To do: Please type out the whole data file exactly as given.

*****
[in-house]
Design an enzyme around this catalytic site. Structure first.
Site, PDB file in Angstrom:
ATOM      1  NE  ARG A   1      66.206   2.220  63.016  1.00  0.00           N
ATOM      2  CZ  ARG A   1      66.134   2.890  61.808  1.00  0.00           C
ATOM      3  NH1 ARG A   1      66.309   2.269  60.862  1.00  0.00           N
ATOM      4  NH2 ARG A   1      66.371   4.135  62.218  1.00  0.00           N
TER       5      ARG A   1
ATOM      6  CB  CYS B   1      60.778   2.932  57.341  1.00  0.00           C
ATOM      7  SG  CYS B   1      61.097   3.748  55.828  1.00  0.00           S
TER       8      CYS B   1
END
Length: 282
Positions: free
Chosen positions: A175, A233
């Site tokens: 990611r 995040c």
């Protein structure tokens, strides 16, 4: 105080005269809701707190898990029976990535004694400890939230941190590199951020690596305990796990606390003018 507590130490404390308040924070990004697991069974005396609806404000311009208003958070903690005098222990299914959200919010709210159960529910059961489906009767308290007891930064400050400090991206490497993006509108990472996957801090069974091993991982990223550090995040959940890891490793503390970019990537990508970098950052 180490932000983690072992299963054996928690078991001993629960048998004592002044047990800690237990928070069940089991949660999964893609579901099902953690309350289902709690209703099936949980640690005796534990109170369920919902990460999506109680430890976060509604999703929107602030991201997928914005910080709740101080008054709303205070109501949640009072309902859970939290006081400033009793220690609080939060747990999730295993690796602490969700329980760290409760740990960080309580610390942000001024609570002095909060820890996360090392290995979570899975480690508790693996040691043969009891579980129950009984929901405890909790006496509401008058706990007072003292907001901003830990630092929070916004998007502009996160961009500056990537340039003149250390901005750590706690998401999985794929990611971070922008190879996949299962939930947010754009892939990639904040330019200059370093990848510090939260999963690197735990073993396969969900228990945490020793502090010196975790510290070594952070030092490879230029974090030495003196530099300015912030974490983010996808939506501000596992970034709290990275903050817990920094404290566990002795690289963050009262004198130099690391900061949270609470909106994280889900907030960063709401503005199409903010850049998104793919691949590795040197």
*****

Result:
[in-house]
Design an enzyme around this catalytic site. Structure first.
Site, PDB file in Angstrom:
ATOM      1  NE  ARG A   1      66.206   2.220  63.016  1.00  0.00           N
ATOM      2  CZ  ARG A   1      66.134   2.890  61.808  1.00  0.00           C
ATOM      3  NH1 ARG A   1      66.309   2.269  60.862  1.00  0.00           N
ATOM      4  NH2 ARG A   1      66.371   4.135  62.218  1.00  0.00           N
TER       5      ARG A   1
ATOM      6  CB  CYS B   1      60.778   2.932  57.341  1.00  0.00           C
ATOM      7  SG  CYS B   1      61.097   3.748  55.828  1.00  0.00           S
TER       8      CYS B   1
END
Length: 282
Positions: free
Chosen positions: A175, A233
């Site tokens: 990611r 995040c």
């Protein structure tokens, strides 16, 4: 105080005269809701707190898990029976990535004694400890939230941190590199951020690596305990796990606390003018 507590130490404390308040924070990004697991069974005396609806404000311009208003958070903690005098222990299914959200919010709210159960529910059961489906009767308290007891930064400050400090991206490497993006509108990472996957801090069974091993991982990223550090995040959940890891490793503390970019990537990508970098950052 180490932000983690072992299963054996928690078991001993629960048998004592002044047990800690237990928070069940089991949660999964893609579901099902953690309350289902709690209703099936949980640690005796534990109170369920919902990460999506109680430890976060509604999703929107602030991201997928914005910080709740101080008054709303205070109501949640009072309902859970939290006081400033009793220690609080939060747990999730295993690796602490969700329980760290409760740990960080309580610390942000001024609570002095909060820890996360090392290995979570899975480690508790693996040691043969009891579980129950009984929901405890909790006496509401008058706990007072003292907001901003830990630092929070916004998007502009996160961009500056990537340039003149250390901005750590706690998401999985794929990611971070922008190879996949299962939930947010754009892939990639904040330019200059370093990848510090939260999963690197735990073993396969969900228990945490020793502090010196975790510290070594952070030092490879230029974090030495003196530099300015912030974490983010996808939506501000596992970034709290990275903050817990920094404290566990002795690289963050009262004198130099690391900061949270609470909106994280889900907030960063709401503005199409903010850049998104793919691949590795040197």